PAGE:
1. What is it you are looking forward to performing in the upcoming concert?
For me its always fun to play Rachmaninoff and Tchaikovsky regardless of the number of times you've played it before. I'm looking forward to that aspect of the concert: but also to playing a new work never played previously, the Kenji Bunch piece. Being introduced to a new composition is challenging, exciting and fulfilling, regardless of whether I actually like the piece or not. It keeps my lifetime fascination with music fresh and rewarding.
2. What is the most difficult thing you have to do to prepare?
Some days the most difficult thing is just to pick up the violin for practice, being susceptible to procrastination and the attraction of other tasks or activities that come to my attention. But there are other days when I can't wait to pick up the instrument for practice. Focusing on those passages in the music that are technically difficult and spending time trying to analyze and solve their secrets, then practicing them over and over is both fun and difficult at the same time.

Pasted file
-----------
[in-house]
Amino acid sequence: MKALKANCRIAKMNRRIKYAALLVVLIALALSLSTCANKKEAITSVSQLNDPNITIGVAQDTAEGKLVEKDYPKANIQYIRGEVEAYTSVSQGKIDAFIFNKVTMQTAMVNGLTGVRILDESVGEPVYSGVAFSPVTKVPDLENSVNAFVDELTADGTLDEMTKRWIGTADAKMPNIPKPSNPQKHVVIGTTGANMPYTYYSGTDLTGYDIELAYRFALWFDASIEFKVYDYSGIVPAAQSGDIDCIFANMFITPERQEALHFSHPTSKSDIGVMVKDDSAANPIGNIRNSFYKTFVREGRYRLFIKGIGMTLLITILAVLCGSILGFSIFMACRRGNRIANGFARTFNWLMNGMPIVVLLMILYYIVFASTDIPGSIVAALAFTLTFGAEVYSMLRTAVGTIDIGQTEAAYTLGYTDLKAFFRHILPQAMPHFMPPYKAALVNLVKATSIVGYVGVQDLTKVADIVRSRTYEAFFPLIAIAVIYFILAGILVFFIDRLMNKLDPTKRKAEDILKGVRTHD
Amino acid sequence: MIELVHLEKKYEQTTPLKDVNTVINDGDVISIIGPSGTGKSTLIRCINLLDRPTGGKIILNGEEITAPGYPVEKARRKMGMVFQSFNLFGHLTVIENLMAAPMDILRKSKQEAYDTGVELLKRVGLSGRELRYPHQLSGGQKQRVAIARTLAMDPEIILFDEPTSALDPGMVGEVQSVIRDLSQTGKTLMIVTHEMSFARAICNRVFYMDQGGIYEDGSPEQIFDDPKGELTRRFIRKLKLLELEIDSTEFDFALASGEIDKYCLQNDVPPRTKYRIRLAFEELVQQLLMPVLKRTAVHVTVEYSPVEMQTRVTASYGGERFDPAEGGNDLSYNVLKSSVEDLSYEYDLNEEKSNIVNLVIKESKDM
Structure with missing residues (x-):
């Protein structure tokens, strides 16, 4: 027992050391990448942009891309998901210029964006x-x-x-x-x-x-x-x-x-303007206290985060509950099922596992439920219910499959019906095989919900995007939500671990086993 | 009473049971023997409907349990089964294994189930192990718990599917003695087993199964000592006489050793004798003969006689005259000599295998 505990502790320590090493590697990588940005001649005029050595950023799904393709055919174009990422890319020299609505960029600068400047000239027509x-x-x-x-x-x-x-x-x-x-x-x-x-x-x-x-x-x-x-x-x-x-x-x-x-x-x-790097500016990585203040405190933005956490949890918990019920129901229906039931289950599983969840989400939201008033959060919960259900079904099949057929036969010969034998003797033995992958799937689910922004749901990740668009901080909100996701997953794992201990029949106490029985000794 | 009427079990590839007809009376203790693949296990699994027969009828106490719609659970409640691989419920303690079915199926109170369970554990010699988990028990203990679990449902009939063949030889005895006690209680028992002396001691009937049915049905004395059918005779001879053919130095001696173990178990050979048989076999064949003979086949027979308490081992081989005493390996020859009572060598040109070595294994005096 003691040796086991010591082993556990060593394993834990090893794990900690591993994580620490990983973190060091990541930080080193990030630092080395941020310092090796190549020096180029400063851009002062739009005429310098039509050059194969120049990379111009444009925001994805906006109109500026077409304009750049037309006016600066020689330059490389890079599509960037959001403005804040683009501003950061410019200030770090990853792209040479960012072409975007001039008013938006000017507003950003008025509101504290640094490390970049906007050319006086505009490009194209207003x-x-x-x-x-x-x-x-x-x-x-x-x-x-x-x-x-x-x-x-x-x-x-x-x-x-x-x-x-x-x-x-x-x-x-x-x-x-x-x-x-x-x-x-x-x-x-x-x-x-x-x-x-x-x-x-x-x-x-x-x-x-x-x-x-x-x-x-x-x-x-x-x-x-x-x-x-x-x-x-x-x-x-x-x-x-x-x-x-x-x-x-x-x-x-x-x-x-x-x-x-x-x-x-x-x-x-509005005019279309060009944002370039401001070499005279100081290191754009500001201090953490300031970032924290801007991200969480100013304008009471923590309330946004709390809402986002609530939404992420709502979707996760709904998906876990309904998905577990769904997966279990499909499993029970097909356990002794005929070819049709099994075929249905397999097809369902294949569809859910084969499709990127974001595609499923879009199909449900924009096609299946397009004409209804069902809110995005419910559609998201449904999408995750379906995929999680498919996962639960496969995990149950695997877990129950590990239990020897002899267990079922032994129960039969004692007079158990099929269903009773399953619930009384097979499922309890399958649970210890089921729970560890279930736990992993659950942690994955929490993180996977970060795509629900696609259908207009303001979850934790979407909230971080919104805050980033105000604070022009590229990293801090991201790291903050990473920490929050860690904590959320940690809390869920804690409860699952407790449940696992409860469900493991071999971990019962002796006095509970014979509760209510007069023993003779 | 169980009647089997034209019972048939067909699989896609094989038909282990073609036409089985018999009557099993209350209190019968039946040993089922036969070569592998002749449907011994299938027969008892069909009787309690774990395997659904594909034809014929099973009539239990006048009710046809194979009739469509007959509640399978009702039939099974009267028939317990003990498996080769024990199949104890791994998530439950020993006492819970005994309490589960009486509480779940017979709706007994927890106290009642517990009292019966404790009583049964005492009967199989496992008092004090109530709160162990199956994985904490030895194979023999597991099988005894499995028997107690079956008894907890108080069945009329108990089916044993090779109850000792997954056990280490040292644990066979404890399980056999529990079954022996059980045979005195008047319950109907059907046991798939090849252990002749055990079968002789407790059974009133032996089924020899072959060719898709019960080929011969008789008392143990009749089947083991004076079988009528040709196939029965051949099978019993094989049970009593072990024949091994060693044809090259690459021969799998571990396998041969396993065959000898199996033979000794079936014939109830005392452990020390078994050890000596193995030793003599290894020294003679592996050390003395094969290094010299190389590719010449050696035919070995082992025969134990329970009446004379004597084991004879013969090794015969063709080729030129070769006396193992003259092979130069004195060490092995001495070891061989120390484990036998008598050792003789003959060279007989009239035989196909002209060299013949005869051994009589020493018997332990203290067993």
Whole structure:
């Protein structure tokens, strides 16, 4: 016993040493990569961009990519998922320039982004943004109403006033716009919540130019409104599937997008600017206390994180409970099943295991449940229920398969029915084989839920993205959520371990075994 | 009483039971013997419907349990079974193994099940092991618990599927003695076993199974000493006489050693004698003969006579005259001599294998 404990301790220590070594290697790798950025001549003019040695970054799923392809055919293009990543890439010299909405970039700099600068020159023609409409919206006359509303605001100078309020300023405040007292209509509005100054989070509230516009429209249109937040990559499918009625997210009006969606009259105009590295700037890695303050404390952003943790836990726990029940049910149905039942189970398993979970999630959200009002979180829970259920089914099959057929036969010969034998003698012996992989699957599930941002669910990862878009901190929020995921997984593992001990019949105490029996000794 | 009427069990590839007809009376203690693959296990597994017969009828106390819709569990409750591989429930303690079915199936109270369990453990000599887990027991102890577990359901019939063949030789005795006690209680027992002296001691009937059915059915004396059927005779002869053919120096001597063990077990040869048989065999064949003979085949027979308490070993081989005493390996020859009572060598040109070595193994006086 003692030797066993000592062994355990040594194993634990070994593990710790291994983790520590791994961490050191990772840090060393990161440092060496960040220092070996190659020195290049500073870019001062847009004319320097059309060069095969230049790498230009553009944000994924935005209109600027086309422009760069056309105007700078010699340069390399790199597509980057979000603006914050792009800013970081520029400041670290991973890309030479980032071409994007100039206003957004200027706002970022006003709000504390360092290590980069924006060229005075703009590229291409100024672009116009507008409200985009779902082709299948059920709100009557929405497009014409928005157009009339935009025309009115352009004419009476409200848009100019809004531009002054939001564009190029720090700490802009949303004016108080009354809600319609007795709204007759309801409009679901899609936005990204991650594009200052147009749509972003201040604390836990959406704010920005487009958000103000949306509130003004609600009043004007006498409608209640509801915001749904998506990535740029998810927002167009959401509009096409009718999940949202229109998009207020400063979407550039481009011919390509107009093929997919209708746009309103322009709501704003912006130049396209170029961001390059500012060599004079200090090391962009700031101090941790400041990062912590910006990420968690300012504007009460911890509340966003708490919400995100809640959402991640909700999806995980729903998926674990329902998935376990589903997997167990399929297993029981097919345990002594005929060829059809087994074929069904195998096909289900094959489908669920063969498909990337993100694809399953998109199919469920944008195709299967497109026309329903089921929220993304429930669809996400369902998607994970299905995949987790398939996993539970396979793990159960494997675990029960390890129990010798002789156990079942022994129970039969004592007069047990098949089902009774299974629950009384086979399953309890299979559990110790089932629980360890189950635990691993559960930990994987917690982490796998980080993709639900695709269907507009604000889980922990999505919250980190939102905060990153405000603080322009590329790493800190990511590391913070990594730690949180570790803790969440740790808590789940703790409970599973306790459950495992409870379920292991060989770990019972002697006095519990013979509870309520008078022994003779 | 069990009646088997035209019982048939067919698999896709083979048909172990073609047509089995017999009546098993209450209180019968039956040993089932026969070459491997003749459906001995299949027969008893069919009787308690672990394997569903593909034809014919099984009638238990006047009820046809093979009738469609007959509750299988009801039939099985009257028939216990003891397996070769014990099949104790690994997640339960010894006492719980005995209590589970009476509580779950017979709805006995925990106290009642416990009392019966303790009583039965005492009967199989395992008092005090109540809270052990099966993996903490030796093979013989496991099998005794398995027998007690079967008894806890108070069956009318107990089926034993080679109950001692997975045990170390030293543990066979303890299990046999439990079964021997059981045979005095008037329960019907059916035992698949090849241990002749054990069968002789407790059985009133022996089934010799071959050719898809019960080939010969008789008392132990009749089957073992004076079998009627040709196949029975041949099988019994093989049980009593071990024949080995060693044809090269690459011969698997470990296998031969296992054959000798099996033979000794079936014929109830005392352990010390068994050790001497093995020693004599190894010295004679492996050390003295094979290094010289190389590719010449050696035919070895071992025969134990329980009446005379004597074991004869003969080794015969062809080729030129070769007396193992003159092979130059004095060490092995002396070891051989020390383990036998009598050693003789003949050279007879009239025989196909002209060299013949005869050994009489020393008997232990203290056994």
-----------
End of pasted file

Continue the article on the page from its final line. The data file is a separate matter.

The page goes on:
3. How many times do you have to practice a particular portion over and over?
Until I get them figured out and their secrets solved! This sometimes means going over them several times each practice session or, for the most challenging passages, going over them dozens of times each session.
4. Why should people come to this concert - what will be fulfilling for them to hear and experience this music?
This program is a great example of how the NSO fulfills its mission for our audience: presenting two compositions that are audience pleasers--Rachy and Tchaik--and one composition that is brand new to them--Bunch--as an "educational" listening experience. Audience members will be anxiously awaiting the concerto and symphony that most of them may have heard multiple times in the past, either from a live performance, CD or radio broadcast. These works are familiar, contain wonderful melodies, rich harmonies and full orchestrations that audiences love. The Bunch, on the other hand, is an adventure for them. They probably will cautiously approach this work, some with anticipation and others with dread, wondering what sounds will confront them. Will they like it or hate it? Is the music "approachable" or "foreign"? Would they like to hear more from this composer at some point? Whatever their reaction, they will undergo a musical adventure along with enjoying works whose melodies are unforgettable.
Another attraction is the piano soloist, Hunter Noack. He is a local Newport product who has made a nice career for himself in Oregon.